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Teenage Depression - Articles Surfing
Many people believe today that teenagers lack respect for authority, lack respect for school, and even lack respect for family. For the most part they are looked down on by society as being disobedient trouble-makers. Being a teenager isn't an easy task. They're constantly being exposed to new, scary situations, and it's hard for any teenager to overcome one of these obstacles because of how they are looked at by other people, and one of the biggest problems a teenager has to face is depression.
About 5% of teenagers suffer from severe depression. More often than not they have a very hard home life usually consisting of depressed parents or abusive siblings. Teens who are under a lot of stress, or suffer from anxiety and learning problems, are at higher risk for depression. Highschool is the leading cause of stress in a teenagers life, and parents need to take that into consideration. Instead of making your kids do homework you need to help your kids do homework. Another thing teenagers are exposed to is drinking and drug usage. If you catch your kid drinking alcohol or smoking pot there are many things you can do besides yelling at them and grounding them. Try to explain to them what happens when people drink and drive. Talk to them about your life experiences with drinking and drugs. Or you can even negotiate with them and tell them they can drink if they do it within the household. Anything is better than just yelling at them and leaving them alone, because chances are they will go out and do it again. Drinking is a sign that your teenager may be depressed, so you also need to realize yelling at them will not solve the problem. There are also many other signs to watch for if your teenager is suffering from depression:
- Sudden loss of interest in doing activities they once enjoyed
- Little to no energy. Sleeps a lot
- Increased anger and hostility
- Self-Injury, which may lead to suicide attempts
- Poor concentration in home or at school
- Persistent boredom
You're probably wondering what you should do if your teenager is depressed. The first step is to seek professional help. You might think because your the parent it would be best for you to help your child out, but the truth is you need to find real professionals to help your teenager through their depression. Unless you're a certified therapist, I wouldn't recommend you taking the responsibility to help your kid's depression. You can support your child, and talk to them frequently, but don't try to cure them. Also be aware of the many types of medicines out on the market for depression. If a therapist suggests a certain type of pill for your teenager, look it up on the internet and find out all of the information you can on the medicine. There are many types of pills that have very bad side effects, and you as the parent need to make sure what you think is appropiate for your child. Remember, the therapist only suggests these pills, you need to make sure if it's the best route to take. Also keep in mind that if your kid suffers from any kind of medical disorder, you let your therapist know before your teenager takes any kind of medicine, and let your doctor know what the therapist is wanting to prescribe them.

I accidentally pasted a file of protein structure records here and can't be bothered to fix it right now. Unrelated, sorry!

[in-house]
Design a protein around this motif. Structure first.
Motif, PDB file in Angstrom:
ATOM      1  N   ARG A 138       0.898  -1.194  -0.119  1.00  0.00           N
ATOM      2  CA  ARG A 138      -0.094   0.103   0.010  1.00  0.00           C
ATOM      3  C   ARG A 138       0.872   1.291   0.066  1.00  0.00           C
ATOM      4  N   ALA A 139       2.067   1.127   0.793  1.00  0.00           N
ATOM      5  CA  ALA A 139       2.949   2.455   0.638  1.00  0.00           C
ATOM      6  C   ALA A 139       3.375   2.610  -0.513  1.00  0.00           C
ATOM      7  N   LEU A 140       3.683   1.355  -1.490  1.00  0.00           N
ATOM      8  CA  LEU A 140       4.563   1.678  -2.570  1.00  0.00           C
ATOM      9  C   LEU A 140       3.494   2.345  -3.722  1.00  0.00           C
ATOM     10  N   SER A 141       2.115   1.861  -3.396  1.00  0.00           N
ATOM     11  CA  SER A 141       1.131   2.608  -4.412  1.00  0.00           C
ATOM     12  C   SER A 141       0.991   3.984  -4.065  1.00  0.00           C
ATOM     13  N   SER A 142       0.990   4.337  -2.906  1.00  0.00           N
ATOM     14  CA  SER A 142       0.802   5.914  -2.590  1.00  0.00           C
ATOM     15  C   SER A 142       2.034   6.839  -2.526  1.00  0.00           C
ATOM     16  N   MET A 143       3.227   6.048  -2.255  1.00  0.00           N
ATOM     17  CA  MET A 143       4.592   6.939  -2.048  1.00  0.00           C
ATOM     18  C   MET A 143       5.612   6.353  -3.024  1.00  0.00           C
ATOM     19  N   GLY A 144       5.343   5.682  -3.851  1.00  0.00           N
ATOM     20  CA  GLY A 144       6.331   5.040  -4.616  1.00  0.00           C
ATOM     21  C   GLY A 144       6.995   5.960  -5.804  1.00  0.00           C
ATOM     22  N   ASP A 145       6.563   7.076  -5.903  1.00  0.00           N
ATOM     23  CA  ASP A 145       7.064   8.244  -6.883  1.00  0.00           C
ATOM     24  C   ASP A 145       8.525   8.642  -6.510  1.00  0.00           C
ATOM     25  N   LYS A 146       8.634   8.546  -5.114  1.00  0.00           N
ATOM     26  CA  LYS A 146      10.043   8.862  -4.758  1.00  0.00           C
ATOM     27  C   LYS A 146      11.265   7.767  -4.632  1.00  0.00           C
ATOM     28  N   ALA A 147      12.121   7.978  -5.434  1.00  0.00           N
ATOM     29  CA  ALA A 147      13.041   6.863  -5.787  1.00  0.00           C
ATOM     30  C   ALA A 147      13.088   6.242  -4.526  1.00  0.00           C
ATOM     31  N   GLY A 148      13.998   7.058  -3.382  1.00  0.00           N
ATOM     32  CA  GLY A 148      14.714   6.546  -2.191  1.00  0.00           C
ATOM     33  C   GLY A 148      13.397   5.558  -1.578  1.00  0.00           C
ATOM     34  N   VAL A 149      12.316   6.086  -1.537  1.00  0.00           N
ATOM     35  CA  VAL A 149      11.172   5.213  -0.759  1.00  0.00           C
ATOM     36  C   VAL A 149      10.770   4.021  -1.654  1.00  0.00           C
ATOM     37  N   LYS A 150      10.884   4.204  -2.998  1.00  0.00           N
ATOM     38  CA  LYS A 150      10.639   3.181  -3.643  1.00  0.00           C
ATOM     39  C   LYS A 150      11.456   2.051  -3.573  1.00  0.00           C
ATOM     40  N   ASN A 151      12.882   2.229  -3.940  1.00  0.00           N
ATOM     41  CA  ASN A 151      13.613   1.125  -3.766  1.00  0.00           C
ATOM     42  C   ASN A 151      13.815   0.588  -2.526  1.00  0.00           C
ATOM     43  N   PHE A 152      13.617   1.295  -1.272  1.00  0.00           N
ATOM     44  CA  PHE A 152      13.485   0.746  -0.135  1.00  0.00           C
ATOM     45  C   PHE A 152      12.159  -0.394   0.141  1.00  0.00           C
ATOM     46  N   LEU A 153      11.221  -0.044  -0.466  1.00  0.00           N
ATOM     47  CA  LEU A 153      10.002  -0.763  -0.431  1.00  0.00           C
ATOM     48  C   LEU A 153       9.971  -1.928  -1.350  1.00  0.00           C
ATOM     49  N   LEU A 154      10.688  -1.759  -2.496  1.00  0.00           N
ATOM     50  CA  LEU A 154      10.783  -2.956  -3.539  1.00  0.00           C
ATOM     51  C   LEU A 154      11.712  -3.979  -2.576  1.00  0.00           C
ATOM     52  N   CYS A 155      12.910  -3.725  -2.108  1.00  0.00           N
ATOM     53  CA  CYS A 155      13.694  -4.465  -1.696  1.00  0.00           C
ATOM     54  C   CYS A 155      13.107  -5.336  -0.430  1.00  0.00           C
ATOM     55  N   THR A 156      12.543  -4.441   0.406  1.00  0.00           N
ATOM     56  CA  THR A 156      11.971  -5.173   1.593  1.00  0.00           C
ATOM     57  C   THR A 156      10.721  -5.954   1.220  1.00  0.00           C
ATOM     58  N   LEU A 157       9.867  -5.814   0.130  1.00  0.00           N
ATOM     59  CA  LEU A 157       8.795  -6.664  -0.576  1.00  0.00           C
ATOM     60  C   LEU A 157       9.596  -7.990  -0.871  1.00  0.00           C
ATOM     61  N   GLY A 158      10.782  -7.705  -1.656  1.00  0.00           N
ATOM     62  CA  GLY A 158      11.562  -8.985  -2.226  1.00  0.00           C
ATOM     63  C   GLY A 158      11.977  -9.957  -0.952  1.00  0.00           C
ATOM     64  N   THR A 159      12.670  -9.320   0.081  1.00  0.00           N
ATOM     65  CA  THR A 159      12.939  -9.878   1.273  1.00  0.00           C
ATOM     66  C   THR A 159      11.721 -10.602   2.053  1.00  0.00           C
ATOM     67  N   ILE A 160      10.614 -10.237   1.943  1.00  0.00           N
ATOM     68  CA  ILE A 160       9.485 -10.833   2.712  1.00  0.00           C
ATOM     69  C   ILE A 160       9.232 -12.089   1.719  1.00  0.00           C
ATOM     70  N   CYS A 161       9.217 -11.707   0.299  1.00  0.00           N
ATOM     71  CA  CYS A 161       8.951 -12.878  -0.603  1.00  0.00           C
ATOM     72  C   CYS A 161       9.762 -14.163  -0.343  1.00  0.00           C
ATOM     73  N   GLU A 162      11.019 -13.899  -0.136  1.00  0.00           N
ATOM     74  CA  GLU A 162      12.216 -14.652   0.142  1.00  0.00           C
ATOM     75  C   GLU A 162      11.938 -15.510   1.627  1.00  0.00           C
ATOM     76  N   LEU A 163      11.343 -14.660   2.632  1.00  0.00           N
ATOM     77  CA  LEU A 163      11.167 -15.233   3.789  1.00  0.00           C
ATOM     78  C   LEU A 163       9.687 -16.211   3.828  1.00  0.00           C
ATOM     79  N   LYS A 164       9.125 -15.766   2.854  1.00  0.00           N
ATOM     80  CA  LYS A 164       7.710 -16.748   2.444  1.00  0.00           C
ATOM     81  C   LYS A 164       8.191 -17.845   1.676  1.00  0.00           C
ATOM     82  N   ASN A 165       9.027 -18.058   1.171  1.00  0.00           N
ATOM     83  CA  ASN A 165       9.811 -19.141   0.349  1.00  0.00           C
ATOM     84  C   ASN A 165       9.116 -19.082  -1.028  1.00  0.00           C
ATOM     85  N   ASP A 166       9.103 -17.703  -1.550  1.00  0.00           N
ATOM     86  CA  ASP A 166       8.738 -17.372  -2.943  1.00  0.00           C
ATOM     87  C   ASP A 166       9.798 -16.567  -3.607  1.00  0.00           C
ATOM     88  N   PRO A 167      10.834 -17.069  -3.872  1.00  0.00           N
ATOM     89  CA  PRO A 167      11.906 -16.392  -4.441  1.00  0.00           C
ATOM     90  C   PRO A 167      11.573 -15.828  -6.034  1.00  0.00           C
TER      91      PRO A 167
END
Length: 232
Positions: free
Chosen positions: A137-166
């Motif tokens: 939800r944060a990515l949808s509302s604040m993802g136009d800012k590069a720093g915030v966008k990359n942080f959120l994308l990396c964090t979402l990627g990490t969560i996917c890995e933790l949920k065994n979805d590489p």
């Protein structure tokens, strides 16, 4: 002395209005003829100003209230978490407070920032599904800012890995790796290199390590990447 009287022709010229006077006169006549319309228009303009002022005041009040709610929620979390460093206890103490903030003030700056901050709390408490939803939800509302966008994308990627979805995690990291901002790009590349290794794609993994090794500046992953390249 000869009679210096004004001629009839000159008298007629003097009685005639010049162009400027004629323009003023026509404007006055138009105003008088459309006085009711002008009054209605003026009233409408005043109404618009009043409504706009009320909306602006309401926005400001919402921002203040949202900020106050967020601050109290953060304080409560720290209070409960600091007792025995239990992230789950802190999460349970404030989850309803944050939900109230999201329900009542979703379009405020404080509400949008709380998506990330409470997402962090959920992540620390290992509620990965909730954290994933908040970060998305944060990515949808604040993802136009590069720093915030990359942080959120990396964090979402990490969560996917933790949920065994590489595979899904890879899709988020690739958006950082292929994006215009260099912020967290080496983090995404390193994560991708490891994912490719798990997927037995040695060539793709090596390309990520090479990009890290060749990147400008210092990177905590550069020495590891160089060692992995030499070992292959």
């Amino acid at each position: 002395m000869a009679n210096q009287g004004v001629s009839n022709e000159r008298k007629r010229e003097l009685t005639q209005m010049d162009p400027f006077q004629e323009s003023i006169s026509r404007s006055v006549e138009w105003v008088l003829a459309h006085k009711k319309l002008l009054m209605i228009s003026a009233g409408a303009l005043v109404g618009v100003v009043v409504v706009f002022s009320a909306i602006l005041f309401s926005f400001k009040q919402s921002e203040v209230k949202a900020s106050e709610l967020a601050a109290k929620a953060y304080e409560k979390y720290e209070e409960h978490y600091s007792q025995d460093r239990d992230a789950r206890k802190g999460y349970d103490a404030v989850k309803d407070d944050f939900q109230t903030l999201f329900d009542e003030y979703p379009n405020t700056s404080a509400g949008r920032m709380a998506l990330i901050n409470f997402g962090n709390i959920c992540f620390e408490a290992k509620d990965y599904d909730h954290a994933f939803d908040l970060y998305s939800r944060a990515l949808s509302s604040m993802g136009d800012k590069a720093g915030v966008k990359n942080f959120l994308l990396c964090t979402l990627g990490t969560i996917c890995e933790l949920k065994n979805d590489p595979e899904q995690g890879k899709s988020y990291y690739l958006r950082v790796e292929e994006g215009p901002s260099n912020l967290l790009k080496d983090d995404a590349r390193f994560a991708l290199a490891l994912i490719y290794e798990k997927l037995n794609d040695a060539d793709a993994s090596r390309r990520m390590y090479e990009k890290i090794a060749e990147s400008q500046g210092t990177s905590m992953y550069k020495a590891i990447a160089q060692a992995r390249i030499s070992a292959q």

Before I bring this article to a close I'd just like to give my final thoughts. Teenagers are people just like anyone else, and they're dealt many hard cards in life. You were a teenager once, so you should know what it's like. It's one of the hardest parts of your life. If you give your child the love and care that they need, they can get through their depression and make it out of highschool just fine. Punishment is something you should do while the child is young, once they become adolescent you need to start talking to them more about personal things and helping them along the way, not punishing them. There are more good teenagers out there than bad, people just don't pay enough attention to find out. The problem with the world isn't teenagers, it's the people who aren't giving teenagers the chance they deserve who are the problem.
Copyright © 1995 - Photius Coutsoukis (All Rights Reserved).
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